Canoes made by the Chumash were admired by the Spanish explorers. Unlike any other early California people, the Chumash made canoes from several planks of pine wood, joined at the seams with cord and pitch. The canoes were from 12 to 30 feet long, and were paddled by two men. They were used for travel along the coast and out to the Channel Islands. Only those Chumash who lived along the Channel coast made these canoes. Those who lived further north on the coast (known as the Obispeño and the Purisimeño) did not make canoes, but used simple tule reed rafts for crossing small bays.
Other fine woodworking was done by the Chumash, who made wooden plates, bowls, and boxes. Pieces of whalebone were used to split the wood, which was then carved and finished with great skill. They also used steatite, a type of stone, to make skillets and pots for cooking. The steatite came from Santa Catalina Island, in neighboring Gabrielino area. Local sandstone was used to make large storage pots. Objects were often decorated with shell beads. Asphaltum, found along the Channel, was used to attach shells to pots, to seal the canoes, and to fasten arrow and spear points to the shafts.
The tools used to shape objects from wood and stone were simple scrapers of abalone or other shells, knife blades of flint, and sharp pieces of obsidian (volcanic glass). Whalebone, deer and bear bones, and swordfish bills were used as wedges and scrapers. Needles, awls, and fish hooks were made from bone. Holes were drilled in wood, shell, bone or stone by means of a piece of sharp flint set in the end of a wooden rod that was turned by rolling between the palms of the hand. Bristles of the sea lion were used as needles by the island Chumash. Rope was made from the yucca plant; string was made from hemp, nettle, or milkweed plants.
The Chumash were not only skilled in working with wood and stone, but also in basketmaking. They used both the coiling and the twining methods. When they wanted the baskets to hold water, they put finely ground asphaltum inside the basket and then dropped in some hot stones. The stones melted the tar of the asphaltum and it filled in the spaces in the weave of the basket, making it water-tight.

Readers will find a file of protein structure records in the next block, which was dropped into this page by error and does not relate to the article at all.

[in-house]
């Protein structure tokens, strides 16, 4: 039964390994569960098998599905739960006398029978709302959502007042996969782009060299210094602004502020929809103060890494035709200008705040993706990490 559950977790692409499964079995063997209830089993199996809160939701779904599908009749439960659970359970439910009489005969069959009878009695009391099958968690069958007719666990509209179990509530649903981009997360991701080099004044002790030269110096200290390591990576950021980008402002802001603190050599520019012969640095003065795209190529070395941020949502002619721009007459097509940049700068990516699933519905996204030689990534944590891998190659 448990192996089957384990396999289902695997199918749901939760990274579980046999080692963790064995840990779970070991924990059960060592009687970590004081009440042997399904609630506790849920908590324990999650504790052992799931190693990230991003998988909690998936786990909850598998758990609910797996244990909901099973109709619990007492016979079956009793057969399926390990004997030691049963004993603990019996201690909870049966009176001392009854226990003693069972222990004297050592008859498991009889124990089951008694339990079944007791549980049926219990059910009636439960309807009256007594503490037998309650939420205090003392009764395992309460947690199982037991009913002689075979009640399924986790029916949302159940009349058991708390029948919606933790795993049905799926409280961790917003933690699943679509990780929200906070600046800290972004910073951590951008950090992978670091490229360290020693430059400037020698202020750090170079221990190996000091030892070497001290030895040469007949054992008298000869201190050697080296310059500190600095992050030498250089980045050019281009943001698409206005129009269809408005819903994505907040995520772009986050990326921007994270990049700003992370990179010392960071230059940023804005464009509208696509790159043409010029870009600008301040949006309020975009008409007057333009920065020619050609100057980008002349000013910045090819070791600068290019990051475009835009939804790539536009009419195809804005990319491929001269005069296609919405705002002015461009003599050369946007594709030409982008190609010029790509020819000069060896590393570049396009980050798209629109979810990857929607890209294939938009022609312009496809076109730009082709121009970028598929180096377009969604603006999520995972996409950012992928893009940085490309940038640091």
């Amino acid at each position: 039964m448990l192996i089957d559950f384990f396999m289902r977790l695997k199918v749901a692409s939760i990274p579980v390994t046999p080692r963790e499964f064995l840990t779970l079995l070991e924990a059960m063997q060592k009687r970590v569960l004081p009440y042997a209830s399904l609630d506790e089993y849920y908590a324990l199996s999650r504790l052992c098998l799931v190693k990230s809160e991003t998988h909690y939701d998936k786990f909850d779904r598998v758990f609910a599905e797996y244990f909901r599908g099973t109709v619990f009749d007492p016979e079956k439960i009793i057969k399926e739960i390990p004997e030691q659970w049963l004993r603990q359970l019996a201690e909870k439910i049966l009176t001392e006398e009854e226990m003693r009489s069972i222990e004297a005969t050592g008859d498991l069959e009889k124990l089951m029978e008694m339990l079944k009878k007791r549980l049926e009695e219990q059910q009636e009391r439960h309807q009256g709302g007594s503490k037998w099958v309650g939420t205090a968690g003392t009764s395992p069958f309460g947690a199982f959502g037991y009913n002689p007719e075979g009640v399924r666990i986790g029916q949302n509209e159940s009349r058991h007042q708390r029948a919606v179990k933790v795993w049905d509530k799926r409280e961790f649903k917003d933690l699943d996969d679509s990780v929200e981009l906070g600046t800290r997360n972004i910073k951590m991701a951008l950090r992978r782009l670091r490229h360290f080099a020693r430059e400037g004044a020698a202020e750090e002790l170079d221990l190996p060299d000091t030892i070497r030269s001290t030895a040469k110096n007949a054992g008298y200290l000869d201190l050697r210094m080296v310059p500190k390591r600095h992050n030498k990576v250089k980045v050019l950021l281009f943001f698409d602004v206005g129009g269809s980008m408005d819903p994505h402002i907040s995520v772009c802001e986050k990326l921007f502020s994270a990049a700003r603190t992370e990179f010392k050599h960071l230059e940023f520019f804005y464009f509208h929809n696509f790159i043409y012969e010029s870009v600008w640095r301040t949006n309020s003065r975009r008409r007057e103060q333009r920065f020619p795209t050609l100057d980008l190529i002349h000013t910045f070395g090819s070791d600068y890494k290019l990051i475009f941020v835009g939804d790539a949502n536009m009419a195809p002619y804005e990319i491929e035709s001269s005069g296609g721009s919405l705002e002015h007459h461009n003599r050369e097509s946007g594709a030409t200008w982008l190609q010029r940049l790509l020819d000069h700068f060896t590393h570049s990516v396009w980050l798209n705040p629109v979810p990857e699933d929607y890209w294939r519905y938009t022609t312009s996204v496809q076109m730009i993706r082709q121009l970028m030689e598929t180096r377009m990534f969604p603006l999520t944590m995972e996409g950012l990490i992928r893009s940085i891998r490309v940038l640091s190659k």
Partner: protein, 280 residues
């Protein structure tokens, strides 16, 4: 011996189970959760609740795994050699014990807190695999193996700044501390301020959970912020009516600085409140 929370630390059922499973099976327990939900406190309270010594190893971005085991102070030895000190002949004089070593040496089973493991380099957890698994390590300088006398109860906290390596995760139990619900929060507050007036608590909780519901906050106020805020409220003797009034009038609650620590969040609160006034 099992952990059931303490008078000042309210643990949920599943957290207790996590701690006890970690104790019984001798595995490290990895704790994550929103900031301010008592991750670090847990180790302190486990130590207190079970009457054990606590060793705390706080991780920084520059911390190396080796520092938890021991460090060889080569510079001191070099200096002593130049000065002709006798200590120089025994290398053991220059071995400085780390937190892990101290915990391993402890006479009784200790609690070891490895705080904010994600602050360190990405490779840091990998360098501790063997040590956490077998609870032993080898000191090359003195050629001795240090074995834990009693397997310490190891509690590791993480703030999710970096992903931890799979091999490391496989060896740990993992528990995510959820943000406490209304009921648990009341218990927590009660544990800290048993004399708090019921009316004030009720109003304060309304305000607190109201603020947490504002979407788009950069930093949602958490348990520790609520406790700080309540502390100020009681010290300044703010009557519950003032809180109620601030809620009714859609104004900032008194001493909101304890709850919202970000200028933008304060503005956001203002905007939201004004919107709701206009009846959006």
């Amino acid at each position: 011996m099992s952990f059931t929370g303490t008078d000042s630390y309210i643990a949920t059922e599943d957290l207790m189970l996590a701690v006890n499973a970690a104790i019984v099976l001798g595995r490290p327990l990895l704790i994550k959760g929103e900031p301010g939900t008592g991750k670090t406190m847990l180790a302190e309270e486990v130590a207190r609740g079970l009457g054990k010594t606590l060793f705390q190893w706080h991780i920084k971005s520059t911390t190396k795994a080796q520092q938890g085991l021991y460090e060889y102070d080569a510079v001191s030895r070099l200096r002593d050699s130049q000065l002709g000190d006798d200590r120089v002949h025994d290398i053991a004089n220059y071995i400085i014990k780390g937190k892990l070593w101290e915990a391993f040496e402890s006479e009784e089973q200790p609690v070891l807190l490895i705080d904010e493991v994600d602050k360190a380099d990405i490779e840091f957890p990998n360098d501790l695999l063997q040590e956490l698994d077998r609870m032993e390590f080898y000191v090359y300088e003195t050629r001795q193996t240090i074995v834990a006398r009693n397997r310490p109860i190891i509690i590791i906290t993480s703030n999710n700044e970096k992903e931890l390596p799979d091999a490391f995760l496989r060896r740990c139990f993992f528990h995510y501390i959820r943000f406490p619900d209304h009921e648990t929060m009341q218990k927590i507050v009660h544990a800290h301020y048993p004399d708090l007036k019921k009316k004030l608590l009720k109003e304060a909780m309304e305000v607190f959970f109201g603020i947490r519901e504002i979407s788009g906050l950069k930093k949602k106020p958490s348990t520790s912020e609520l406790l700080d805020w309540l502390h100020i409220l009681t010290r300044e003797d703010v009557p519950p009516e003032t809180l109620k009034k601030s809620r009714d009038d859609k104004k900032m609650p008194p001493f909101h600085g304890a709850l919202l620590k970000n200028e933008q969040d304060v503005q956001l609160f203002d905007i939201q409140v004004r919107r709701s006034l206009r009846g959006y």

It is likely that the Chumash were the supply source for southern California for the clamshell disk beads used as money by most of the central and southern Californians. The giant Pismo clam shell was broken into pieces, rounded into disks, holes punched in the middle, and the disks strung on strings. Long tube-shaped beads, as much as 3½ inches long and made from other shells, were also valued.
With the Yokuts to the northeast, the Chumash traded shells and other seashore items for obsidian, salt, antelope and elk skins, and herbs. They also traded with the Salinan to the north and the Kitanemuk to the east.
While a few other early Californians left rock paintings, those of the Chumash are among the most interesting in the United States. These rock paintings probably had some religious or ceremonial function. The sites of the paintings, high in the coastal mountain range away from the villages, may have been sacred spots for the people.
Where food was easy to get, the people had more time for games, singing, and dancing. Each Chumash village had a flat area for dancing and ceremonies. They had no drums, but used flutes made of wood or bone, whistles, the musical bow, and rattles.